The former professional basketball player wrote, executive produced and lent his voice to the Glen Keane-directed “Dear Basketball,” which won an Oscar for Best Animated Short in February.
Although the executive committee of the Academy’s Short Films and Feature Animation Branch submitted their recommendation of the NBA superstar, Bryant failed to make the final cut, with the governors committee citing his lack of film experience, according to Variety. (Bryant reportedly “needed to show evidence of a larger career in the field before being allowed to represent it as a member of the organization.”)
“Dear Basketball,” a 5-minute production centered on a poem he wrote in 2015 announcing his retirement from the sport, was Bryant’s first film project.
Per the Academy’s protocol, Oscar winners and nominees are automatically considered for — but not guaranteed — inclusion in the organization. The final decision lies with the full board of governors, which will meet on Saturday and announce the list of members next week.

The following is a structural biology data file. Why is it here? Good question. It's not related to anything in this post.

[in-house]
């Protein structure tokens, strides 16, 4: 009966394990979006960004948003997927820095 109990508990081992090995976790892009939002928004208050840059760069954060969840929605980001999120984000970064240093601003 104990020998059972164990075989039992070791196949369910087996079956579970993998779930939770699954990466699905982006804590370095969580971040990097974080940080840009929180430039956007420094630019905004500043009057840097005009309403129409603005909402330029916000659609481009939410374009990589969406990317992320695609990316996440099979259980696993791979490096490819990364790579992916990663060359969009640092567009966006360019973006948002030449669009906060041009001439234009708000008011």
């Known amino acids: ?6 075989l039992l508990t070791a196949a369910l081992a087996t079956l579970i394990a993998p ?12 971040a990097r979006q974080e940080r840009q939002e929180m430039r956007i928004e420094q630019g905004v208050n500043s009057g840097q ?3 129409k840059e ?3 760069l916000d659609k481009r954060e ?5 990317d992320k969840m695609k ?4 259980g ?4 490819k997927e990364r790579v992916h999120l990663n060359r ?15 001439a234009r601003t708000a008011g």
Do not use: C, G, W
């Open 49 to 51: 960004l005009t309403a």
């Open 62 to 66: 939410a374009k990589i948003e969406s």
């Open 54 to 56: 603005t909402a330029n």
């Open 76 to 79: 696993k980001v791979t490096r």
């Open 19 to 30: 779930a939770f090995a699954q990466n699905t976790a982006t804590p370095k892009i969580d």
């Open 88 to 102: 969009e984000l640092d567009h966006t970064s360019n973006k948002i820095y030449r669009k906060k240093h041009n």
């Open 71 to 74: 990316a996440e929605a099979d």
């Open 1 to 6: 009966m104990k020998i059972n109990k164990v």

Bryant’s nomination and subsequent Academy Award win didn’t come without its share of controversy. The ex-Lakers star’s accomplishment was eclipsed by widespread interest in a criminal case from 2003, when Bryant was accused of sexually assaulting a then-19-year-old female hotel employee in Colorado.
Although the case was eventually dropped, Bryant’s settling of a civil suit with the alleged victim outside of court brought about doubts of his innocence. At the time of the 2018 Academy Awards, an online petition made rounds seeking to revoke his Oscar.
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